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Kodak not happy about Windows XP
Kodak has just sent me a press release on their official position on Windows XP and its new Digital Photography integration. Looks like things are not at all well between Kodak and Microsoft, in this press release Kodak accuse Microsoft of limiting consumer choice as to what the users default photo application should be, they also state that Microsoft is attempting to 'Tax the Internet' by having a list of Microsoft-Preferred photo finishing sites... Trouble brewing.
Official press release:
WINDOWS XP AND DIGITAL IMAGING: KODAK'S PERSPECTIVE
BACKGROUND: This fall, Microsoft plans to ship the Windows XP operating system. An important part of Windows XP is a new bundled digital photo application that can be used when a digital camera using the new Picture Transfer Protocol (PTP) standard-which Kodak, Microsoft, and others developed-is connected to a PC. This presents the following issues for consumers and the digital photography industry:
1. WINDOWS XP LIMITS CONSUMER CHOICE: Kodak recently launched a new digital photo system, EasyShare, which consists of a digital camera, a docking station, and easy-to-use software to store, enhance, share, and print digital pictures. EasyShare simplifies the process of taking digital photos and transferring them to a PC. The EasyShare software system allows the user to place a Kodak camera into a camera dock and transfer pictures to a computer with the press of a button. The EasyShare software also provides easy-to-use functions to edit and organize images and print pictures locally and, in future versions, over the Internet.
However, Microsoft Windows XP makes it difficult for consumers to set as the default the digital photo application of their choice-whether a Kodak application or that of any other company. Kodak welcomes Microsoft's efforts to offer consumers another choice of a digital photography software application-but only if Microsoft does so on a level playing field. In Windows XP, Microsoft has placed unnecessary restrictions and limitations on non-Microsoft photography applications. By making it difficult to use an alternate application, Microsoft is steering consumers to Microsoft applications. The EasyShare System, as an example, provides features to consumers that are not offered by the Microsoft application; thus those additional features will not be easily and readily available to consumers using Windows XP computers. Windows XP users will be restricted in their ability to use the photo application of their choice. Microsoft has co-opted the PTP standard and is using it in a way contrary to its original design.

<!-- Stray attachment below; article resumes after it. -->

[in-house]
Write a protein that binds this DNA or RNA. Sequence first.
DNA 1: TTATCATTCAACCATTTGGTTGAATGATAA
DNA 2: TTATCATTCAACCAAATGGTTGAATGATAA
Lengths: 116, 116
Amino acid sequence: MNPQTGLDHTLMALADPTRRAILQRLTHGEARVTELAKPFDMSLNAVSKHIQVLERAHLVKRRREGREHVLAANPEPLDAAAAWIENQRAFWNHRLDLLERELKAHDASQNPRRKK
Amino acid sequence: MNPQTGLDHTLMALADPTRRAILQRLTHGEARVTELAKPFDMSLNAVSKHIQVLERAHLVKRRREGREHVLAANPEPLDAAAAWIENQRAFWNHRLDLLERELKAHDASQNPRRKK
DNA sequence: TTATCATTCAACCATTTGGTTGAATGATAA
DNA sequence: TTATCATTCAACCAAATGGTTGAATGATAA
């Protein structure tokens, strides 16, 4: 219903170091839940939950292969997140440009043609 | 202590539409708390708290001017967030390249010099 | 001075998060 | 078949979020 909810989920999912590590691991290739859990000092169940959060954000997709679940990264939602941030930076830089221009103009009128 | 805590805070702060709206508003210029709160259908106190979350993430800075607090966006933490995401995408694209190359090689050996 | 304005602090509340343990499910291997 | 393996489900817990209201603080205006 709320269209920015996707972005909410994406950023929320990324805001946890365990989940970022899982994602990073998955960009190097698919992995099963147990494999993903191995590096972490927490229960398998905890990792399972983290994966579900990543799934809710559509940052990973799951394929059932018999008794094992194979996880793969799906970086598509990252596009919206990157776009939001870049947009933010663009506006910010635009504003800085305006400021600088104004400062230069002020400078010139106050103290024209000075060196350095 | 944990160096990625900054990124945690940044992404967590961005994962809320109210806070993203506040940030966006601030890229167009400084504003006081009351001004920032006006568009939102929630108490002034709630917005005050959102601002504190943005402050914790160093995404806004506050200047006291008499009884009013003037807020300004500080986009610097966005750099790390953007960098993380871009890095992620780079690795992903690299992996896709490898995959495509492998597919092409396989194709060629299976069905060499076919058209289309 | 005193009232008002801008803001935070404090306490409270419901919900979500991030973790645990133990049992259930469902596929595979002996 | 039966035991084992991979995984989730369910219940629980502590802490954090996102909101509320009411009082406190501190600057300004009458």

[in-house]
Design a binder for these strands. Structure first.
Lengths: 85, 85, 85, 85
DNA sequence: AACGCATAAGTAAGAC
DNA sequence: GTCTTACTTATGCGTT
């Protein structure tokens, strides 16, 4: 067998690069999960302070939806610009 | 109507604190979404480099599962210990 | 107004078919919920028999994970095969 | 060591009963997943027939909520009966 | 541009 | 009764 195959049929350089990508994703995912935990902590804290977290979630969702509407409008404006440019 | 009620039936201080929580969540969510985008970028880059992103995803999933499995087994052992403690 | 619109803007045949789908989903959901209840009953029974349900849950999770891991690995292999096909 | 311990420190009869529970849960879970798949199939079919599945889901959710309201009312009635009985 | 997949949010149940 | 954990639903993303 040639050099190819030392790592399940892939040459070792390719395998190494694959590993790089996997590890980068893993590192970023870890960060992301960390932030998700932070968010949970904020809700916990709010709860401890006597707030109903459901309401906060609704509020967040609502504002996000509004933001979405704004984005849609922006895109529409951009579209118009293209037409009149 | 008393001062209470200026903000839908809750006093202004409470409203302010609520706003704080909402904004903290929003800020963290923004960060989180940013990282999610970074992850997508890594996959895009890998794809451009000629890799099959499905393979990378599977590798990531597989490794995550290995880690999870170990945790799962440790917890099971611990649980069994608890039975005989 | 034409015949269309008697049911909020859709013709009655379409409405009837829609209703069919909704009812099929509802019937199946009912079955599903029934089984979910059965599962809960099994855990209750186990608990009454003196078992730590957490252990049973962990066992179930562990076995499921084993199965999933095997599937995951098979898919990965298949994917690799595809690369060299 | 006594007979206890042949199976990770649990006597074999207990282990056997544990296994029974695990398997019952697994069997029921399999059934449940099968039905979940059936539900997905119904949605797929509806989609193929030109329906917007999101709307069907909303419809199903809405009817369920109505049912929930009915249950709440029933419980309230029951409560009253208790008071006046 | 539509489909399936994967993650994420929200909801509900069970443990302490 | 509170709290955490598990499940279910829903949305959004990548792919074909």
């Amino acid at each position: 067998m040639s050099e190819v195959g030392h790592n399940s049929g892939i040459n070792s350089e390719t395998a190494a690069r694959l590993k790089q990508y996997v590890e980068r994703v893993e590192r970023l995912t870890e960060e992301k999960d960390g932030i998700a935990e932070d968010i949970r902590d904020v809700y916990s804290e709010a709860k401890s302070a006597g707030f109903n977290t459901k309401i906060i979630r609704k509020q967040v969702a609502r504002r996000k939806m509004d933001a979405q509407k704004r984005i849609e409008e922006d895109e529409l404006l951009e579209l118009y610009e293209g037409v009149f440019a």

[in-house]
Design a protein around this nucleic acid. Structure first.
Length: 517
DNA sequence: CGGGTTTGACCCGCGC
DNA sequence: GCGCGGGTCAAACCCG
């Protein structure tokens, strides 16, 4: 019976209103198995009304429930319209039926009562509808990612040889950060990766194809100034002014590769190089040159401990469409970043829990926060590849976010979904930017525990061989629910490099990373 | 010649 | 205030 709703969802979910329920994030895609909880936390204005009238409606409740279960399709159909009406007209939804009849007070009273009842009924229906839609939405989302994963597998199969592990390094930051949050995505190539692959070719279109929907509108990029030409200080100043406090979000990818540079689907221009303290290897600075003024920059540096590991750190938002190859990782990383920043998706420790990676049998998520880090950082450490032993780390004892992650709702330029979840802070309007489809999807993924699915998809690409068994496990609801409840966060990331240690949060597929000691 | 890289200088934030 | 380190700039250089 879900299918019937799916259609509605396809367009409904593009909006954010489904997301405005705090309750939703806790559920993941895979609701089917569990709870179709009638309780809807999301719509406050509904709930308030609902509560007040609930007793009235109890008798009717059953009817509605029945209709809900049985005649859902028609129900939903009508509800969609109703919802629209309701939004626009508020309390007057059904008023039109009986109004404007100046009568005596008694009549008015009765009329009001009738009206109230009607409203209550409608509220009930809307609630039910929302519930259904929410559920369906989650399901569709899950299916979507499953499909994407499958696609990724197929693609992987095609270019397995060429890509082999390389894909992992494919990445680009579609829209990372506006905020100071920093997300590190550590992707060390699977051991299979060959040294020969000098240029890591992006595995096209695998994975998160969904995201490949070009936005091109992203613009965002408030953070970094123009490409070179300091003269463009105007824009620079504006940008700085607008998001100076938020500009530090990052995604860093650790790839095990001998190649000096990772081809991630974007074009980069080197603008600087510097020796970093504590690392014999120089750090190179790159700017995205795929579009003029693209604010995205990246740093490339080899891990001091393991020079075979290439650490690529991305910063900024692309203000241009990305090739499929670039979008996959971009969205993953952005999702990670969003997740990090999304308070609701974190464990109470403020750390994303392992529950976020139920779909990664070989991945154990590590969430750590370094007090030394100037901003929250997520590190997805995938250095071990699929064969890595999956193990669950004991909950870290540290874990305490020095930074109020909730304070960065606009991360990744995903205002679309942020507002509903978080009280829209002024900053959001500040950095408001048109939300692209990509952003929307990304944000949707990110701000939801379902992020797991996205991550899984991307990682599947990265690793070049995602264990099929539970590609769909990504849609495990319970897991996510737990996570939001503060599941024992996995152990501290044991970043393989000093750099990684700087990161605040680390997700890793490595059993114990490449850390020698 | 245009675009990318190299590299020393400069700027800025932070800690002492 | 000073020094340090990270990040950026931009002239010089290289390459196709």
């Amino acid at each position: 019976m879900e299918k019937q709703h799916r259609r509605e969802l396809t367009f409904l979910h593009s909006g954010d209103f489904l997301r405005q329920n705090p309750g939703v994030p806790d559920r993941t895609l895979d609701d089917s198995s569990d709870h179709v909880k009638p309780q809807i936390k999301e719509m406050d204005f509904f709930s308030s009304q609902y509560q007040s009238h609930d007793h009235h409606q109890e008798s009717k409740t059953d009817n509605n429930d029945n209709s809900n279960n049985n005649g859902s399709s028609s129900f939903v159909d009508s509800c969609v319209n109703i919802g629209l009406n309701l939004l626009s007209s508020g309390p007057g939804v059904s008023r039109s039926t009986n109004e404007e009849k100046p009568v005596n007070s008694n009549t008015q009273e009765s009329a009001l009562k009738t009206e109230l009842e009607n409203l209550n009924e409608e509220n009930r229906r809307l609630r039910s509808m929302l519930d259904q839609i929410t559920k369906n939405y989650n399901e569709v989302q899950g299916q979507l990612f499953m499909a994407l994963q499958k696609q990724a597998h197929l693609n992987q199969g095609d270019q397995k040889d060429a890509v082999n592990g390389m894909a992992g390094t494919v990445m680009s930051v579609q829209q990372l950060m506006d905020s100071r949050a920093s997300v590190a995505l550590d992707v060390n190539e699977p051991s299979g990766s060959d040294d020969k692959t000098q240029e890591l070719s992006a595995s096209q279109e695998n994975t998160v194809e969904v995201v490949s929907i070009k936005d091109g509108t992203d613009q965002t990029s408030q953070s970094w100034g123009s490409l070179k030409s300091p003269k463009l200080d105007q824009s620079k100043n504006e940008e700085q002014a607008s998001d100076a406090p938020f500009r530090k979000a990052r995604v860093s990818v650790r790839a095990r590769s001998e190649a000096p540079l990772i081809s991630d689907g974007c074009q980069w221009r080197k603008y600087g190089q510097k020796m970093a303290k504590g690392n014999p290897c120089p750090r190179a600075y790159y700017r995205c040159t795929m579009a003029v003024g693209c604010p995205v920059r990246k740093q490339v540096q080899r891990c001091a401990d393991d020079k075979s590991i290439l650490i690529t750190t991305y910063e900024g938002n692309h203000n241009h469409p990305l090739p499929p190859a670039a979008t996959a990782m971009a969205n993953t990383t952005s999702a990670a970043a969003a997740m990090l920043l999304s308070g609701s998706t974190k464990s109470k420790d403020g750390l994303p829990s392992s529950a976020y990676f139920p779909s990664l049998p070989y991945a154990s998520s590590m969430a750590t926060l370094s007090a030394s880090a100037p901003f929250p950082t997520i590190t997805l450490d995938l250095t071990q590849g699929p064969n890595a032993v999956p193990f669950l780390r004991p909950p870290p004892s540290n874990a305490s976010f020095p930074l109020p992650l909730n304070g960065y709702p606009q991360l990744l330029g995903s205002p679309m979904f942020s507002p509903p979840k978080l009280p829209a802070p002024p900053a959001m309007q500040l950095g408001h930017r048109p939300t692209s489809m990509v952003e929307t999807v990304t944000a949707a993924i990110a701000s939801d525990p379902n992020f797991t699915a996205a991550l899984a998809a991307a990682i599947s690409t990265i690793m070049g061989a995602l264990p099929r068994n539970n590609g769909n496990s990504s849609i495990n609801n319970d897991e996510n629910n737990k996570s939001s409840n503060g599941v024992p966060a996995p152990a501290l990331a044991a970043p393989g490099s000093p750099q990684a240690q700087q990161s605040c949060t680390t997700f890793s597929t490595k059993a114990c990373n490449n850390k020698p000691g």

Kodak's support of the PTP standard has led us to challenge Microsoft's efforts to use the standard as a vehicle to manipulate the digital camera connection and software selection to its advantage, which will result in less consumer choice and less industry growth. Microsoft's actions clearly limit consumer choice and set back the gains made by the industry in terms of ease of use for consumers. Microsoft is relegating companies that refuse to uses it PTP driver (an effort to gain greater control) to secondary status in the operating system. As a result, innovation-and thus, industry growth-will be hindered.
2. MICROSOFT IS 'TAXING THE INTERNET': A key function built into Windows XP is a list of Microsoft and "Microsoft-preferred" Internet-based photo-printing services. Microsoft is establishing itself as the gatekeeper for consumers' pictures, and it has the ability to change continuously the photo printing vendors on this list based on their business relationships with Microsoft. Microsoft plans to charge an up-front listing fee and a transaction revenue share to those companies included on this list, in effect "taxing the Internet." While a user can add vendors to this list, Microsoft will automatically check its servers and install those companies that have "most favored nation" status with Microsoft at the top of the list. By making it difficult for consumers to use the digital photo application of their choice when initially transferring pictures from digital camera to PC, Microsoft has assured that users will have less access to alternate Internet printing vendors and that Microsoft will take a percentage of each transaction that passes through the desktop. By limiting competition to Microsoft's own / "preferred" vendor list, Microsoft can raise its fees to vendors; or as former Microsoft CTO Nathan Mhryvold stated, Microsoft will get a "vig" on each transaction that passes through the desktop.